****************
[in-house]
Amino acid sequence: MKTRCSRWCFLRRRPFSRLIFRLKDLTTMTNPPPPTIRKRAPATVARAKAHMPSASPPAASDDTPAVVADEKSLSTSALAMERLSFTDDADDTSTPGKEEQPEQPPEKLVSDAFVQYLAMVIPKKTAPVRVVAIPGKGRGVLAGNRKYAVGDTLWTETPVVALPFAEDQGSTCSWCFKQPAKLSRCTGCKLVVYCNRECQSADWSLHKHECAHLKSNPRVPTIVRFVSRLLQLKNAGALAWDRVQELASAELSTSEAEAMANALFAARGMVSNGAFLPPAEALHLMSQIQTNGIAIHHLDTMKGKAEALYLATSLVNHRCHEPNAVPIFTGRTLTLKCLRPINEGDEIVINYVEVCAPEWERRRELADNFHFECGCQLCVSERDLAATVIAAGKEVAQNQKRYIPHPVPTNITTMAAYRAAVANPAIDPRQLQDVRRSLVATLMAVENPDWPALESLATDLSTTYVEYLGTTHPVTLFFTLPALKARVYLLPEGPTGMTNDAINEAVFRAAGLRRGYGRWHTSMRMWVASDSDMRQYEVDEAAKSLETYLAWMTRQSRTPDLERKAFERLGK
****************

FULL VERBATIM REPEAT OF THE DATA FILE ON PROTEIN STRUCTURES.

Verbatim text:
[in-house]
Amino acid sequence: MKTRCSRWCFLRRRPFSRLIFRLKDLTTMTNPPPPTIRKRAPATVARAKAHMPSASPPAASDDTPAVVADEKSLSTSALAMERLSFTDDADDTSTPGKEEQPEQPPEKLVSDAFVQYLAMVIPKKTAPVRVVAIPGKGRGVLAGNRKYAVGDTLWTETPVVALPFAEDQGSTCSWCFKQPAKLSRCTGCKLVVYCNRECQSADWSLHKHECAHLKSNPRVPTIVRFVSRLLQLKNAGALAWDRVQELASAELSTSEAEAMANALFAARGMVSNGAFLPPAEALHLMSQIQTNGIAIHHLDTMKGKAEALYLATSLVNHRCHEPNAVPIFTGRTLTLKCLRPINEGDEIVINYVEVCAPEWERRRELADNFHFECGCQLCVSERDLAATVIAAGKEVAQNQKRYIPHPVPTNITTMAAYRAAVANPAIDPRQLQDVRRSLVATLMAVENPDWPALESLATDLSTTYVEYLGTTHPVTLFFTLPALKARVYLLPEGPTGMTNDAINEAVFRAAGLRRGYGRWHTSMRMWVASDSDMRQYEVDEAAKSLETYLAWMTRQSRTPDLERKAFERLGK